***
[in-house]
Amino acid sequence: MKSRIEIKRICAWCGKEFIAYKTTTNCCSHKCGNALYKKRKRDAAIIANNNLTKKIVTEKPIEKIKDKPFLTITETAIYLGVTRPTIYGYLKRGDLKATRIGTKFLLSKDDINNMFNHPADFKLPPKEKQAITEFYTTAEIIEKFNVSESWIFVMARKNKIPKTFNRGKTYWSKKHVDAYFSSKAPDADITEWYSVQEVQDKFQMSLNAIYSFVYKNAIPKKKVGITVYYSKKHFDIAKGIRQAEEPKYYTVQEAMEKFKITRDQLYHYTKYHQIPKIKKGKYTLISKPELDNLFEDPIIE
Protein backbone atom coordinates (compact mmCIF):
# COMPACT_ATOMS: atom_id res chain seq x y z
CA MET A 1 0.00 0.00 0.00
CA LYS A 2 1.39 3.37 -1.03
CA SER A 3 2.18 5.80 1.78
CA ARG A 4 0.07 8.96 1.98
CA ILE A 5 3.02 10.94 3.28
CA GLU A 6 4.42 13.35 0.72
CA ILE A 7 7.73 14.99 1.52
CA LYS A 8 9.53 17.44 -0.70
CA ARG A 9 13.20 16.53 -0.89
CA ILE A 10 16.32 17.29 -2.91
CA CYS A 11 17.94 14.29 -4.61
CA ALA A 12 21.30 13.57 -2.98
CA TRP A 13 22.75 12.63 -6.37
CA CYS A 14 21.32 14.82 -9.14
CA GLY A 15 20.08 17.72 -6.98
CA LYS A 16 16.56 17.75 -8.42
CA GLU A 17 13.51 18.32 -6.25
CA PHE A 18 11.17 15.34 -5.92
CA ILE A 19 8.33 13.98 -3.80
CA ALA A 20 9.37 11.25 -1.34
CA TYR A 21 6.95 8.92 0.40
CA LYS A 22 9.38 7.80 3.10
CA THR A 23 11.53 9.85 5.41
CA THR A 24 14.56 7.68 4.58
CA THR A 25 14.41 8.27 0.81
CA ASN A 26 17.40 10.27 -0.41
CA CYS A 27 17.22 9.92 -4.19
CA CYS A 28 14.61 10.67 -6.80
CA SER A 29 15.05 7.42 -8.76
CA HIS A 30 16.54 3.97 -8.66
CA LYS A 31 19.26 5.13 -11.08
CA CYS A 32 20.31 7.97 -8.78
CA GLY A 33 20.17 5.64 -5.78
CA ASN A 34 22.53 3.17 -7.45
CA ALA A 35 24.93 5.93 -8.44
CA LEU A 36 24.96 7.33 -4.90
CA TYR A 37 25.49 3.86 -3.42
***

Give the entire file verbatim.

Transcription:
[in-house]
Amino acid sequence: MKSRIEIKRICAWCGKEFIAYKTTTNCCSHKCGNALYKKRKRDAAIIANNNLTKKIVTEKPIEKIKDKPFLTITETAIYLGVTRPTIYGYLKRGDLKATRIGTKFLLSKDDINNMFNHPADFKLPPKEKQAITEFYTTAEIIEKFNVSESWIFVMARKNKIPKTFNRGKTYWSKKHVDAYFSSKAPDADITEWYSVQEVQDKFQMSLNAIYSFVYKNAIPKKKVGITVYYSKKHFDIAKGIRQAEEPKYYTVQEAMEKFKITRDQLYHYTKYHQIPKIKKGKYTLISKPELDNLFEDPIIE
Protein backbone atom coordinates (compact mmCIF):
# COMPACT_ATOMS: atom_id res chain seq x y z
CA MET A 1 0.00 0.00 0.00
CA LYS A 2 1.39 3.37 -1.03
CA SER A 3 2.18 5.80 1.78
CA ARG A 4 0.07 8.96 1.98
CA ILE A 5 3.02 10.94 3.28
CA GLU A 6 4.42 13.35 0.72
CA ILE A 7 7.73 14.99 1.52
CA LYS A 8 9.53 17.44 -0.70
CA ARG A 9 13.20 16.53 -0.89
CA ILE A 10 16.32 17.29 -2.91
CA CYS A 11 17.94 14.29 -4.61
CA ALA A 12 21.30 13.57 -2.98
CA TRP A 13 22.75 12.63 -6.37
CA CYS A 14 21.32 14.82 -9.14
CA GLY A 15 20.08 17.72 -6.98
CA LYS A 16 16.56 17.75 -8.42
CA GLU A 17 13.51 18.32 -6.25
CA PHE A 18 11.17 15.34 -5.92
CA ILE A 19 8.33 13.98 -3.80
CA ALA A 20 9.37 11.25 -1.34
CA TYR A 21 6.95 8.92 0.40
CA LYS A 22 9.38 7.80 3.10
CA THR A 23 11.53 9.85 5.41
CA THR A 24 14.56 7.68 4.58
CA THR A 25 14.41 8.27 0.81
CA ASN A 26 17.40 10.27 -0.41
CA CYS A 27 17.22 9.92 -4.19
CA CYS A 28 14.61 10.67 -6.80
CA SER A 29 15.05 7.42 -8.76
CA HIS A 30 16.54 3.97 -8.66
CA LYS A 31 19.26 5.13 -11.08
CA CYS A 32 20.31 7.97 -8.78
CA GLY A 33 20.17 5.64 -5.78
CA ASN A 34 22.53 3.17 -7.45
CA ALA A 35 24.93 5.93 -8.44
CA LEU A 36 24.96 7.33 -4.90
CA TYR A 37 25.49 3.86 -3.42